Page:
I really find it difficult to believe (especially with stuff like this happening) that Mad Men is actually *criticizing* misogyny by portraying it "the way it used to be." It seems everyone is romanticizing that era and the associated behavior instead of condemning it. Of course, I'm saying all this as a non-watcher, because I know this should would trigger my angry feminist way to much for me to enjoy all the gorgeous outfits and what I hear is good acting. I really don't understand why so many feminists I read online seem to be totally okay with this show.

I'm not arguing that the

I'm not arguing that the commercial is offensive, but I have seen that ad run on a wide variety of programming for the past few months. I think it's a misunderstanding on the part of the advertisers, frankly, as I've largely seen it running on shows with strong female demographics.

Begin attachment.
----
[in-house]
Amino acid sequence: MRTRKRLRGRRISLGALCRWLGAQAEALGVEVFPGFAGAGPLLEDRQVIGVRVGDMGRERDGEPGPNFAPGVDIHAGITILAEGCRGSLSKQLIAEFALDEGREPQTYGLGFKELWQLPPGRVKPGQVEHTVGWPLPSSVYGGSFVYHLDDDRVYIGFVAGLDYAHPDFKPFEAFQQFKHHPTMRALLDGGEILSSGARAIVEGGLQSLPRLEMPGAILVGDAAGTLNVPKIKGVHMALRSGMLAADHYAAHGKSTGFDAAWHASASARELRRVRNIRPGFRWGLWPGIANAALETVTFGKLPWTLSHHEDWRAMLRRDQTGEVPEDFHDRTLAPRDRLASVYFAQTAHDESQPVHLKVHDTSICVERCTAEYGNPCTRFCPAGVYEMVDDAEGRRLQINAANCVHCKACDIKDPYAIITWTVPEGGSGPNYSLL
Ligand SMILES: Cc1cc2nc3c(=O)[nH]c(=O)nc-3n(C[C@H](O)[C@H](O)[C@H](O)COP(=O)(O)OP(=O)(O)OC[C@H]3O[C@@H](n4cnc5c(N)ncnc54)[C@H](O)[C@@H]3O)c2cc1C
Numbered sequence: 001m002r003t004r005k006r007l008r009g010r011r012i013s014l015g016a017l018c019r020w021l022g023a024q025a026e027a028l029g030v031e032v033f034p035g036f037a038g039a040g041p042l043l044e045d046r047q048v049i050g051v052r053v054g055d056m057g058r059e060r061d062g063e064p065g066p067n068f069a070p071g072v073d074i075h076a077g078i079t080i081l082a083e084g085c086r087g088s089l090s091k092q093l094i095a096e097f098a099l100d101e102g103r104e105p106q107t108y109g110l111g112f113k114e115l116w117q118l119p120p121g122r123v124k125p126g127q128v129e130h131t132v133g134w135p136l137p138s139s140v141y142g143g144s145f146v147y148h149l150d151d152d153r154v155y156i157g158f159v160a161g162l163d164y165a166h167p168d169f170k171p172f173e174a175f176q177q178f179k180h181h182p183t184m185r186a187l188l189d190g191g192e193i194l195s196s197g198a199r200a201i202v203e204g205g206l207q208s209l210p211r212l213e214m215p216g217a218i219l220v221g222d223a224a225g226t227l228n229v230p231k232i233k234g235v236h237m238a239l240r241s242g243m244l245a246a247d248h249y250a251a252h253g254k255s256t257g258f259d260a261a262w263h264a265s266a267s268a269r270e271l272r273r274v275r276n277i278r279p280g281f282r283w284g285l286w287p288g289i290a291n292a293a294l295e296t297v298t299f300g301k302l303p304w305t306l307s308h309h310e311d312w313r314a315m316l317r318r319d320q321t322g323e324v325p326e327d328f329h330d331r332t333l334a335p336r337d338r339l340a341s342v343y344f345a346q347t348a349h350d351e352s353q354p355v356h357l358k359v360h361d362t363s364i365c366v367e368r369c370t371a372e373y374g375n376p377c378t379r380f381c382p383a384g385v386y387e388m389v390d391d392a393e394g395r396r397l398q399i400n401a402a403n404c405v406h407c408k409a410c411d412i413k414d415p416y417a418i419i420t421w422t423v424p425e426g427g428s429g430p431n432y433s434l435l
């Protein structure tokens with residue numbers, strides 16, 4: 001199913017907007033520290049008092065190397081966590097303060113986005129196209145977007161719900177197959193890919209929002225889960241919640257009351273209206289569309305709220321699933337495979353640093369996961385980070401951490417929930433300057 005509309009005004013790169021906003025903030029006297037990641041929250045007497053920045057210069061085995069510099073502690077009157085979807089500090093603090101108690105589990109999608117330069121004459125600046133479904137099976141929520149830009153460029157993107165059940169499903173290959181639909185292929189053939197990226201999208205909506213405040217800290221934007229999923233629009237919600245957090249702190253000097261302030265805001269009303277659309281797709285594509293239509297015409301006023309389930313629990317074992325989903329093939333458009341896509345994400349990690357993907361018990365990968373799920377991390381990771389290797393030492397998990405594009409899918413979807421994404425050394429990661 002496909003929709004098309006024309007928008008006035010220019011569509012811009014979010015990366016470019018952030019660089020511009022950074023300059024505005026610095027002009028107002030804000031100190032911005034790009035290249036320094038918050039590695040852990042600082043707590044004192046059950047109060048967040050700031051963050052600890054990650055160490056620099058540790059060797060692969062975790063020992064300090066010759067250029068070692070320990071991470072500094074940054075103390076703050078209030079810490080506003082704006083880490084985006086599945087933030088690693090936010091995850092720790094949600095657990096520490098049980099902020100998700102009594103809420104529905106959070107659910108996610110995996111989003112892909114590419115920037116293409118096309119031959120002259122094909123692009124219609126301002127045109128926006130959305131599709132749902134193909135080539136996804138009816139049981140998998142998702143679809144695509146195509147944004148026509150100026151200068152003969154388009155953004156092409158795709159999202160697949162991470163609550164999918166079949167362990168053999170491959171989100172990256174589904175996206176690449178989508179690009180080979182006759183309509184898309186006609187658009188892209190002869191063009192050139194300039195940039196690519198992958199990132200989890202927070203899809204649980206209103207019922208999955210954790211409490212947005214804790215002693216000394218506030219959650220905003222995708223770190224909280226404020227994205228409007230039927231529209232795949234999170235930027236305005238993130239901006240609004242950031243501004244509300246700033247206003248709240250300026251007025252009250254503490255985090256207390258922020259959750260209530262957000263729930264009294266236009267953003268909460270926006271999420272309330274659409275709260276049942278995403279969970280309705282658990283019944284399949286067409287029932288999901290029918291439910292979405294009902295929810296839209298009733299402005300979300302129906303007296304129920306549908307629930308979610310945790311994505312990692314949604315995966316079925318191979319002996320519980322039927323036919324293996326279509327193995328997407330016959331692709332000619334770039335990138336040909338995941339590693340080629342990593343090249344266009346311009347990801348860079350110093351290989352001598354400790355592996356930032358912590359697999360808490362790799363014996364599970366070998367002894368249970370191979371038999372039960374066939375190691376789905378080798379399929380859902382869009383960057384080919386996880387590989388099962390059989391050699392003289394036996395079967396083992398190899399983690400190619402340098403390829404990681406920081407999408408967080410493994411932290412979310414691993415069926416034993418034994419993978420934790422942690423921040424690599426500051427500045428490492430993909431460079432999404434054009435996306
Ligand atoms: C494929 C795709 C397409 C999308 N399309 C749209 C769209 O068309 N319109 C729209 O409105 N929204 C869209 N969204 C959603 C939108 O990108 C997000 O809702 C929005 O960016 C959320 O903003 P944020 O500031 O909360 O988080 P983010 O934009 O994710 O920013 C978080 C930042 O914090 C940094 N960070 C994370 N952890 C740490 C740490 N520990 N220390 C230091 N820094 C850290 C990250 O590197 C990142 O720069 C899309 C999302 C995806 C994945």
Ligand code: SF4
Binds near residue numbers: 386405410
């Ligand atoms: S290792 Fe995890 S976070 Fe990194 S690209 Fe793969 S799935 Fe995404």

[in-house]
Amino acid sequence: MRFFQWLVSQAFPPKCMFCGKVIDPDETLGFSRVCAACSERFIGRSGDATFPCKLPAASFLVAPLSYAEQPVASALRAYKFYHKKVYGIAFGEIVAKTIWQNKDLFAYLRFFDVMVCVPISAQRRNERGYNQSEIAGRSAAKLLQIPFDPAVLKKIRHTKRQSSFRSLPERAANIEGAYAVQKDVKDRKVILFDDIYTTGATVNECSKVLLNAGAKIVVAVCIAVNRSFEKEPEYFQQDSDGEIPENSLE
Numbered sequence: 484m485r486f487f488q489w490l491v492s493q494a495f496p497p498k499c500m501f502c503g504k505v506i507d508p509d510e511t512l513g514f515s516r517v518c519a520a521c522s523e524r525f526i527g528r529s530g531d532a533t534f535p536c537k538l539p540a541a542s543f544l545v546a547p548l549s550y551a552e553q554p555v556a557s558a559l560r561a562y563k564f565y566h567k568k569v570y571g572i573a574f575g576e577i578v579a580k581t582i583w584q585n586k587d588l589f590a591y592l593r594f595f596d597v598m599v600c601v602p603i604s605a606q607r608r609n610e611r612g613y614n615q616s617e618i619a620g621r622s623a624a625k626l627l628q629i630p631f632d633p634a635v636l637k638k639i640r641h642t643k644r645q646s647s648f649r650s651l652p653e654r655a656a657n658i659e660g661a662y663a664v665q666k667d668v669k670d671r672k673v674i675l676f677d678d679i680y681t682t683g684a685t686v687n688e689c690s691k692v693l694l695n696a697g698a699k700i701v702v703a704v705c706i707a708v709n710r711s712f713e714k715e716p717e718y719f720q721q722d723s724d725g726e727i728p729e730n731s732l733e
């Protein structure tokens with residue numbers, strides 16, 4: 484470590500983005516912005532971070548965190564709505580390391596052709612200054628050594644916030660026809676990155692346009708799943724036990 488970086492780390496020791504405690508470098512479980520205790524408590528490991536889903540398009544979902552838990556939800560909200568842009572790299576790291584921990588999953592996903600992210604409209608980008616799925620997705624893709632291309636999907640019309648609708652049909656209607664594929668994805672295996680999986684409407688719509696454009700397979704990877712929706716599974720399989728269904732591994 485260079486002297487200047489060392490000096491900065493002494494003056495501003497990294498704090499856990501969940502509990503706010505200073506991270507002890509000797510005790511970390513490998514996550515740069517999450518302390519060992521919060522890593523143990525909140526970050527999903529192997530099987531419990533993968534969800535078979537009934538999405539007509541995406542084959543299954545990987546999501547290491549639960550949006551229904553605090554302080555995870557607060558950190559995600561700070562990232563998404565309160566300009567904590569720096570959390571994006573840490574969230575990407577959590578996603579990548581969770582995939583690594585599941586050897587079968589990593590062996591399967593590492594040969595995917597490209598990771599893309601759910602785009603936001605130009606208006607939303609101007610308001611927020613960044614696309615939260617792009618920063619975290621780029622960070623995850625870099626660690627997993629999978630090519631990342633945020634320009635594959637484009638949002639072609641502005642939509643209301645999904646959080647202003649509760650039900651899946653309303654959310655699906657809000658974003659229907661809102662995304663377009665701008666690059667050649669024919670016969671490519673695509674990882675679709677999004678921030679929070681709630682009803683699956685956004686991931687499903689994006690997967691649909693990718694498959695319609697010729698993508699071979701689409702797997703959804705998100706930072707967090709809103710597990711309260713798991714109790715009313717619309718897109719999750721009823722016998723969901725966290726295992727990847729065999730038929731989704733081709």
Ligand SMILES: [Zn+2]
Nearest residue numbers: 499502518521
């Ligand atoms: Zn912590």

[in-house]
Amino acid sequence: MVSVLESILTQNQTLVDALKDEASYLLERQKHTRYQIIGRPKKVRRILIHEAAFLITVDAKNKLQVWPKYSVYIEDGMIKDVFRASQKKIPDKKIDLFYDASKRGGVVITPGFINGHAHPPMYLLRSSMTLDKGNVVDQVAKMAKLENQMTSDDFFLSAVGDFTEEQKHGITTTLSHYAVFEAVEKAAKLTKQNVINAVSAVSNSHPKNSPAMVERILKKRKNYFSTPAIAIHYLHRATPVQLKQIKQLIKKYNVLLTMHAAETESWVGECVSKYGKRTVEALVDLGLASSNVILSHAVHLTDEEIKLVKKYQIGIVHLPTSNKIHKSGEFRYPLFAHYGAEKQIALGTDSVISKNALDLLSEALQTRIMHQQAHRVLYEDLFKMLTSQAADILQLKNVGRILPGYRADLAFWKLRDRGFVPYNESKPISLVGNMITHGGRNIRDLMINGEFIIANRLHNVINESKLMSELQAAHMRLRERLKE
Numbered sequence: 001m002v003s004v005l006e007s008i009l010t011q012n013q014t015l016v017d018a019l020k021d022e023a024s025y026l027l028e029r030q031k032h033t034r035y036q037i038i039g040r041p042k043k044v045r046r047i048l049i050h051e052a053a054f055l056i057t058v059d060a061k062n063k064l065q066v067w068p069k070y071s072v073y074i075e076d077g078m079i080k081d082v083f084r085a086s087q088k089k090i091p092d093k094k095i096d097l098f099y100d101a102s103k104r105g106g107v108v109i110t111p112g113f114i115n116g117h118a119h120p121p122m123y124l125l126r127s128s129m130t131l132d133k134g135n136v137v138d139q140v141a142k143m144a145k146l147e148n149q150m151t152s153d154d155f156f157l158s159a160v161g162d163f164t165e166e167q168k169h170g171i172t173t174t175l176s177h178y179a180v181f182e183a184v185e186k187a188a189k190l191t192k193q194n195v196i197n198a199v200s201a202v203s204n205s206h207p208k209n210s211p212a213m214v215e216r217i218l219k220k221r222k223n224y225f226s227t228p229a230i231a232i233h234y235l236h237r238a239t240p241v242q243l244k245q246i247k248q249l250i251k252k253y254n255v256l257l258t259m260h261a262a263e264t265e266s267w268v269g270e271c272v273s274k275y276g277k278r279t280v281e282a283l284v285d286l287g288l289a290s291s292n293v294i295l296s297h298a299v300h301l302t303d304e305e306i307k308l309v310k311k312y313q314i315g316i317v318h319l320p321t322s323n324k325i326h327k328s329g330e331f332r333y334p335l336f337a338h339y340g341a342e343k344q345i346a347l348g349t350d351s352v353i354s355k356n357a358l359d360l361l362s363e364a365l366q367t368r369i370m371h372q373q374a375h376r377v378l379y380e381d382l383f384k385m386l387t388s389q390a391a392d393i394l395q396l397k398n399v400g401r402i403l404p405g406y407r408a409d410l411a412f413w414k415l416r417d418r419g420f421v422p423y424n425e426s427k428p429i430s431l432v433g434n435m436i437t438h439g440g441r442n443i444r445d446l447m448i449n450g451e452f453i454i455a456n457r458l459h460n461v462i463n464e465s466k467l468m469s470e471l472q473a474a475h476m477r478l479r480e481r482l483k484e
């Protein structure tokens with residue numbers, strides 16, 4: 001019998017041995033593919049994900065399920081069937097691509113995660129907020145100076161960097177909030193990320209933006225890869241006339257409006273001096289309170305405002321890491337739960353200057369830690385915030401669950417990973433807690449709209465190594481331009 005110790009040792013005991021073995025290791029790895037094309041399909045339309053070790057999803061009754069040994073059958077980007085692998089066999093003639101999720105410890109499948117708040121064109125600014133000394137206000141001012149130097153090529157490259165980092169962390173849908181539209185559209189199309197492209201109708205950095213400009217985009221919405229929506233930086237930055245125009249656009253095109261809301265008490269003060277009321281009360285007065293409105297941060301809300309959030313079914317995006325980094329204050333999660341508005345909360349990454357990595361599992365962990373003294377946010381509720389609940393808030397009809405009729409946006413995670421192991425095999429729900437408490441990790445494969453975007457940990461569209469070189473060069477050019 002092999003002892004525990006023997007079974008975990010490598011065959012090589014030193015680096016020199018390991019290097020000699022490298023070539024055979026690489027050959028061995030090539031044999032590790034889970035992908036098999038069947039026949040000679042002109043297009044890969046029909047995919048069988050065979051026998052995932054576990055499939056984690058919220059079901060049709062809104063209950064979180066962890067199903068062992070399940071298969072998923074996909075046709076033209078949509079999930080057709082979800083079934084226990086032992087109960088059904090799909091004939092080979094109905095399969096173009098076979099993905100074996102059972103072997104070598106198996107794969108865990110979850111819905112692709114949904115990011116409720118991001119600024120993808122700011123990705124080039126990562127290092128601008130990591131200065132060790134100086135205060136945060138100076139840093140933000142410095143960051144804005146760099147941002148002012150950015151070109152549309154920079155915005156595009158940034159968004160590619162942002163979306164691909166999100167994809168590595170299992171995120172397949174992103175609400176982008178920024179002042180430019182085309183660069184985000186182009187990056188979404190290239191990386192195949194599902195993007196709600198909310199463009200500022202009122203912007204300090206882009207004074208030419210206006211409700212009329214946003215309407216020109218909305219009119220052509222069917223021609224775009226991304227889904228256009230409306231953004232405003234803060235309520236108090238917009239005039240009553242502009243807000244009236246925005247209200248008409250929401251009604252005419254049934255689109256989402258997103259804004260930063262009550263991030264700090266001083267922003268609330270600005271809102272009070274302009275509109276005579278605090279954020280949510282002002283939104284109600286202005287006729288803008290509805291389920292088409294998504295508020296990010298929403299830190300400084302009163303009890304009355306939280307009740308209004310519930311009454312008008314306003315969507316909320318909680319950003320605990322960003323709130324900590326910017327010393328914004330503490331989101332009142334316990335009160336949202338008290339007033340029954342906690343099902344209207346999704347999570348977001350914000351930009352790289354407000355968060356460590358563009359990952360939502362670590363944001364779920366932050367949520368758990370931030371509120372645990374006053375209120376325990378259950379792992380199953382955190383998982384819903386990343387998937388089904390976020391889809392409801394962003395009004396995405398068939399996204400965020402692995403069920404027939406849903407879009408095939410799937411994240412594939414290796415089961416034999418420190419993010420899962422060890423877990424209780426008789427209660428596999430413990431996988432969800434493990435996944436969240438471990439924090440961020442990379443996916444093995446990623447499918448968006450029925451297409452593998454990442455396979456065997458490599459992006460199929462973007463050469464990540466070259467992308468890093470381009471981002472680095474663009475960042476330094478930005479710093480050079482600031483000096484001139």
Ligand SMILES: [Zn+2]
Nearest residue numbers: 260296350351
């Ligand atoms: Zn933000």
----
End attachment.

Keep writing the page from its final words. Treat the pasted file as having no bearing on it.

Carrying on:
Agreed: Not Arguing...

Me too, Kate.

I also have noticed the number of commercials which harp on men's insecurities as well (Viagra, hair re-growth), and was discussing it with my husband when on came a "Viagra for women" type herbal ad (on G4). I'm agry and perplexed, a bad combination for me sometimes.

I also chose to stay away from MM, after glimpsing 10 segment and not seeing any satire, but a whole lot of emulation and pining for "the good ol' days". They can keep it, thanks. I'll watch "the other MM", Modern Marvels, instead.

You should give Mad Men another go....